Wednesday, December 2, 2009

98% Questions

What does a discipline generally agree on? Almost every field has some knowledge that almost all of the members of the community, no matter their differences, find fundamental. Liberal economist Alan Blinder wrote this great book where he talked about the several principles (growth from free trade, damage from rent controls) that almost every economist, liberal or conservative, tend to agree on. The National Center for Science Education has compiled a list of scientists named "Steve" who believe in evolution (the idea being that people named Steve are a minority of the total population). Essentially every Renaissance scholar believes that Shakespeare really did write Shakespeare, even calling the controversy a "non-issue." So what are the great points of expert aggregation for composition studies?

I don't know. No one's done much reproduced, incontrovertible research. But what do we, as practitioners and occasional researchers, generally agree on? I'd love to be able to do a survey at the Conference on College Composition Communication this spring, if I could get IRB-approval (to say nothing of C's approval). Here are the statements I'd like to get a Likert-scale reading on (stacked, of course, because I suspect I'd be able to get a 98% on "agree," "strongly agree," and "very strongly agree"):

1. Creating multiple drafts of assignments improves writing.
2. Peer-review is an effective learning exercise.
3. Direct grammar drills are ineffective for making students better writers.
4. Straight "talk-and-chalk" lectures should not be the only form of writing instruction.
5. Students should be taught to write for discourse communities.
6. Requiring students to reflect on their writing experience improves writing.
7. Collaborative assignments improve student writing.
8. Short, frequent in-class writing (ie, "prompts") improve student writing.
9. Marginal or end-of-paper comments are more effective teaching tools than just assigning a letter or number grade.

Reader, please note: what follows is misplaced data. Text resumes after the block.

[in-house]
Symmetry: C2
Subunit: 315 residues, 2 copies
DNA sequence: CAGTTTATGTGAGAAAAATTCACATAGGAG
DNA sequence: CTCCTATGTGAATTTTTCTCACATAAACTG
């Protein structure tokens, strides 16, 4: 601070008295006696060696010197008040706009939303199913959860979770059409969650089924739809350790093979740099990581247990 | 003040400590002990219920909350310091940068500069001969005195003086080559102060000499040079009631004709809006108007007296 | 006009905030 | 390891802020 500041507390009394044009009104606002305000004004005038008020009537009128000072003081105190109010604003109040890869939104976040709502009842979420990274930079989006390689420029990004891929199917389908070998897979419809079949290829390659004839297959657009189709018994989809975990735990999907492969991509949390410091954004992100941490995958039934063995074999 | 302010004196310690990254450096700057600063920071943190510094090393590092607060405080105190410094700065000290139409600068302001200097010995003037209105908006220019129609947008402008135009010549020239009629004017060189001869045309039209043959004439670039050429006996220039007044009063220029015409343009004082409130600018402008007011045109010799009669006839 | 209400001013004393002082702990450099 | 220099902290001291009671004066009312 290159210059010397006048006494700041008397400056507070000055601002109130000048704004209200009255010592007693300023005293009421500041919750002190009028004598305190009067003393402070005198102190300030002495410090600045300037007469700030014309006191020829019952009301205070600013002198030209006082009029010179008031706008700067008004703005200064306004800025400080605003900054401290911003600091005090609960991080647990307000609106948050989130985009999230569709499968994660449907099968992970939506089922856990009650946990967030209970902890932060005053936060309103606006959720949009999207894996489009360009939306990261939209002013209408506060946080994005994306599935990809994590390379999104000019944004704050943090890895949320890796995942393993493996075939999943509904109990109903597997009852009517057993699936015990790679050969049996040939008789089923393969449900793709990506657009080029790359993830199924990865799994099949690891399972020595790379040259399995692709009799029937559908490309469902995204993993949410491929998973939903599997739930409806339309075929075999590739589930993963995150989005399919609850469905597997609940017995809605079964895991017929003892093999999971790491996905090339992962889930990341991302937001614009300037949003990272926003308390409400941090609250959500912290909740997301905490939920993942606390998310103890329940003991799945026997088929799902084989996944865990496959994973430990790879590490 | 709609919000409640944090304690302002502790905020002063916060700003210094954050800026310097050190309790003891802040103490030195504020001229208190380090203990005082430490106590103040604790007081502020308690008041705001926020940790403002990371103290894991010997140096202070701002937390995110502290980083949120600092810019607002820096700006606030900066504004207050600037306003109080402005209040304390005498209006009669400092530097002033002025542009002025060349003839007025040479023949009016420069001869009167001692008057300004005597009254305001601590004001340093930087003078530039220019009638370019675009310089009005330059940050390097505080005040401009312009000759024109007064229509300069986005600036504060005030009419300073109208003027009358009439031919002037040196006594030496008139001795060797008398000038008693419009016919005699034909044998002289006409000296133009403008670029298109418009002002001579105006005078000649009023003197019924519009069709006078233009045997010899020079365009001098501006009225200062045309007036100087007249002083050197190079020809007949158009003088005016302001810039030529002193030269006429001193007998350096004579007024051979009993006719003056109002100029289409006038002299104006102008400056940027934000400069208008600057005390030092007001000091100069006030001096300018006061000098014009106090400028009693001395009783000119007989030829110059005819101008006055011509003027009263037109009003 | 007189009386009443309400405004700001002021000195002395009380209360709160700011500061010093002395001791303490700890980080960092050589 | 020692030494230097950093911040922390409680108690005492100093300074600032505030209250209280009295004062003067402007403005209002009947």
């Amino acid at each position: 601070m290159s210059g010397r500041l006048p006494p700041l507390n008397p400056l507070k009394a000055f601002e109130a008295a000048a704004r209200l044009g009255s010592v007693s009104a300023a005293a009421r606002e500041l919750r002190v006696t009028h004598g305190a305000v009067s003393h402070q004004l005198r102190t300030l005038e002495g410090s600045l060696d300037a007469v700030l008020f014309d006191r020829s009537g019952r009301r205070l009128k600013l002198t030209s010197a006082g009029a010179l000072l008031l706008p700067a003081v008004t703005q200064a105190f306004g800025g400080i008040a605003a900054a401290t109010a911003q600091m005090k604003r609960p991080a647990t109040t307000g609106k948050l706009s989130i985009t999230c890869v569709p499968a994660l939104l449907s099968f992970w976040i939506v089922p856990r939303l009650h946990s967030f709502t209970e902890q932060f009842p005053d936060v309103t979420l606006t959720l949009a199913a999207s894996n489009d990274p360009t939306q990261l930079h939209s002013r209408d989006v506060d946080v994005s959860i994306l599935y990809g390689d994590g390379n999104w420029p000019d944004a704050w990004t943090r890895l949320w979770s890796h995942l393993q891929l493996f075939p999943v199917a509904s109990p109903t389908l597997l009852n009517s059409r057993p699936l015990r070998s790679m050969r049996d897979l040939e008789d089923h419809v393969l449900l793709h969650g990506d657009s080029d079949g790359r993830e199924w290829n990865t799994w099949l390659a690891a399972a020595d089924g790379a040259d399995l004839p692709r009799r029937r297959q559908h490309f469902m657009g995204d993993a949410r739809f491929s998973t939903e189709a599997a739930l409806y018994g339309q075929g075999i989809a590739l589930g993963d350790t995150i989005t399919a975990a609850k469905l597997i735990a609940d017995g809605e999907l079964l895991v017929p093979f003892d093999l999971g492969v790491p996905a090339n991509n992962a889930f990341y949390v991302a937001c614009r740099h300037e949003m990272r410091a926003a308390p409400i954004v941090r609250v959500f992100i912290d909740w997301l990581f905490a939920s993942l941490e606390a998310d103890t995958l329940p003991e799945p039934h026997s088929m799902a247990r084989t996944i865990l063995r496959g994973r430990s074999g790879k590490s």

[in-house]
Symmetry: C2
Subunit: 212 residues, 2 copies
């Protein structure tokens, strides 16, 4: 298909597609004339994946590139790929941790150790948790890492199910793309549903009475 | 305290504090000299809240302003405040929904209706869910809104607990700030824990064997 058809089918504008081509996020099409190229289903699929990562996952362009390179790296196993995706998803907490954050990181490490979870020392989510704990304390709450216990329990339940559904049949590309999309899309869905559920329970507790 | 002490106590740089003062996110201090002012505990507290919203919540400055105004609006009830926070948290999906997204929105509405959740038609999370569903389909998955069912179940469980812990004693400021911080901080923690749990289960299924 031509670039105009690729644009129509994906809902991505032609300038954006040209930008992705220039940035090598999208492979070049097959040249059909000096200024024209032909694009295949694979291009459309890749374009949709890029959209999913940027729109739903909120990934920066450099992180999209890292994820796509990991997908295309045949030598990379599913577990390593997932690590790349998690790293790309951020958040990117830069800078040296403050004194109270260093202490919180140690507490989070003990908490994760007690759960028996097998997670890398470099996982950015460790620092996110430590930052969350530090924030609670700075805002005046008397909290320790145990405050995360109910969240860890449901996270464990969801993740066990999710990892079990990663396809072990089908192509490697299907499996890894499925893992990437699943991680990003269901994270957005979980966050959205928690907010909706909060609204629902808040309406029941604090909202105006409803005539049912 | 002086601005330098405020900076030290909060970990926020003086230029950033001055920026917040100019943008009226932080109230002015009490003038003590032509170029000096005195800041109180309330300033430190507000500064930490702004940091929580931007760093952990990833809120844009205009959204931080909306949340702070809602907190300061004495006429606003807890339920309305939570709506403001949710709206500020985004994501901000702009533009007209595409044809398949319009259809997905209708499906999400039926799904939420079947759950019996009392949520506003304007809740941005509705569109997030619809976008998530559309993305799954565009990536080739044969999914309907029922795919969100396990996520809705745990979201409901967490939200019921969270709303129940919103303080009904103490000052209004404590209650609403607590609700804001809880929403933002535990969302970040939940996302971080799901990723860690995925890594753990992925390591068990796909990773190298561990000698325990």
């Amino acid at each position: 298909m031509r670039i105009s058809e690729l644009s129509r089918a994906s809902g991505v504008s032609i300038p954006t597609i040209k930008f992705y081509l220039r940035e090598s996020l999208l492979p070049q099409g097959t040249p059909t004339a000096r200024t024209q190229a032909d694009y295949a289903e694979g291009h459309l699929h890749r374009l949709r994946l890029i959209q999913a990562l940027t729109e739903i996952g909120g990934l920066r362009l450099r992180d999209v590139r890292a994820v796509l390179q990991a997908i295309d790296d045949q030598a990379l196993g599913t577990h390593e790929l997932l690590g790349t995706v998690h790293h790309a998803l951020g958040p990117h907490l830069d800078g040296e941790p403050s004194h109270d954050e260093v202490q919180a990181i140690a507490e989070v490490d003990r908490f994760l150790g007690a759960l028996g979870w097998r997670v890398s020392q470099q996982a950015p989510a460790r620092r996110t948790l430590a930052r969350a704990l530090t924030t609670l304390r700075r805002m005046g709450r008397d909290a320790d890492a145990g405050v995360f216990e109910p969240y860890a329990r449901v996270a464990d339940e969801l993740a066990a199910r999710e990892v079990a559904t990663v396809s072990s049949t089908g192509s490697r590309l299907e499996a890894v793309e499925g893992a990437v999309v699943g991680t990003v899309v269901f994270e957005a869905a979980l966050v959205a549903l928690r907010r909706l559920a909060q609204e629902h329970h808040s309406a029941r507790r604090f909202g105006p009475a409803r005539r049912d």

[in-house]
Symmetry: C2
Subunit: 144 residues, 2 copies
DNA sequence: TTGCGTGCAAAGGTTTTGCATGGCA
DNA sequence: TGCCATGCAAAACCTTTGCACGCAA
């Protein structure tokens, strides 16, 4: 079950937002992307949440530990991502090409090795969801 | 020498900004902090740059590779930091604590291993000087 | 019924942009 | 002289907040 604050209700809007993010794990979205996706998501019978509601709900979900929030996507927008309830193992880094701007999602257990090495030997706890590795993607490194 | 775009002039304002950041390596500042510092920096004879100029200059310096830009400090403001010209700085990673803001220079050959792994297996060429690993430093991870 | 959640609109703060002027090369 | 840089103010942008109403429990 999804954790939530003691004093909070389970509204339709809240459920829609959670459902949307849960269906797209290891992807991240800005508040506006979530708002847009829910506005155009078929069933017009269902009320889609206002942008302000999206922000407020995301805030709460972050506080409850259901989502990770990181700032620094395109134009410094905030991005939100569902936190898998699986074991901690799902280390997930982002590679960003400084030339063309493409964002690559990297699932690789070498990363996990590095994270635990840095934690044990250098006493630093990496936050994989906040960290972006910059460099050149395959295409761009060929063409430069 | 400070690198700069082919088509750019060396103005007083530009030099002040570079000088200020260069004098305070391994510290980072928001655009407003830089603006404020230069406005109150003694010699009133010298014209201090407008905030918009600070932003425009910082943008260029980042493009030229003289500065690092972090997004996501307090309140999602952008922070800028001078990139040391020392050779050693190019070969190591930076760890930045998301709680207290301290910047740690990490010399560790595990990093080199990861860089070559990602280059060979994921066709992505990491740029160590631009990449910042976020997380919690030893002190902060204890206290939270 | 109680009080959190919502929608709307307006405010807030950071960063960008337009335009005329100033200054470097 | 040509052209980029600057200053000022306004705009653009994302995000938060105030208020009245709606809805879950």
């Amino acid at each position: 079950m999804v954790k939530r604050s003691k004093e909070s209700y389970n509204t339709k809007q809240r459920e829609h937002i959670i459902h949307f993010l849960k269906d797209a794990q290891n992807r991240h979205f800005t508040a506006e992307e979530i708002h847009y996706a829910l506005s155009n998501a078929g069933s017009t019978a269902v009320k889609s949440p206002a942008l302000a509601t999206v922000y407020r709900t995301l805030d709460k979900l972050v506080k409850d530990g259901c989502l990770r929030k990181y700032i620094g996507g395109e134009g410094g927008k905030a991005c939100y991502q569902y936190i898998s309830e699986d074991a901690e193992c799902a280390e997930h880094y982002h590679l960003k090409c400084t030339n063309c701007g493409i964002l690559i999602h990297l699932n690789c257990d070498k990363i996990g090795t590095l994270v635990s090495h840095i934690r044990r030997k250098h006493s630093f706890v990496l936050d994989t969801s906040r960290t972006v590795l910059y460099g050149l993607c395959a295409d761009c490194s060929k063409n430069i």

10. Pre-writing activities (eg: brainstorming, discussion, lists, clustering, etc.) result in better writing.
11. Students need to write many pages of polished writing to improve: at least 10 pages a semester.
12. Students write better when they read examples of good writing.
13. Students who learn to write well in one genre do not necessarily write well in others.
14. Students need to learn "bottom-up": they must first learn to write sentence before they can write paragraph, paragraphs before pages, etc. [I actually think this will be 90% disagree, but I didn't want it to be an easy survey.]
15. An important element of good writing is good content.
16. Students need more positive responses to their writing than negative to improve.
17. Teachers should show students how writing skills apply lives outside of the class.
18. Writing can be taught.
19. Writing develops critical thinking skills.
20. Composition classes should teach more skills than writing (eg: speech, visual rhetoric, etc.)
21. Plagiarism is morally wrong.

Any other suggestions?

5 comments:

mlh said...

Here's another one I thought up:

22. While there can be differences among readers, grading writing can be objective.

Cathryn said...

Love the list! My brain is too fried from grading 6th grade research papers (contradiction in terms?) to come up with more. Great stuff.

xister said...

23. "Xister likes brownies." is a fact and not an opinion.

Actually according to every English teacher I've ever had, this statement is false... but they are all wrong.

mlh said...

Actually, according to Campbell, the 18th century inventor of modern rhetoric, it's a fact (at least, a type of knowledge--intuititve knowledge). It a different kind of knowledge, but it's knowledge. Untenetable claim, but can still be true. Your English teachers were wrong.

Day said...

Thank you for this. . I will be using it to try and improve my writing. :)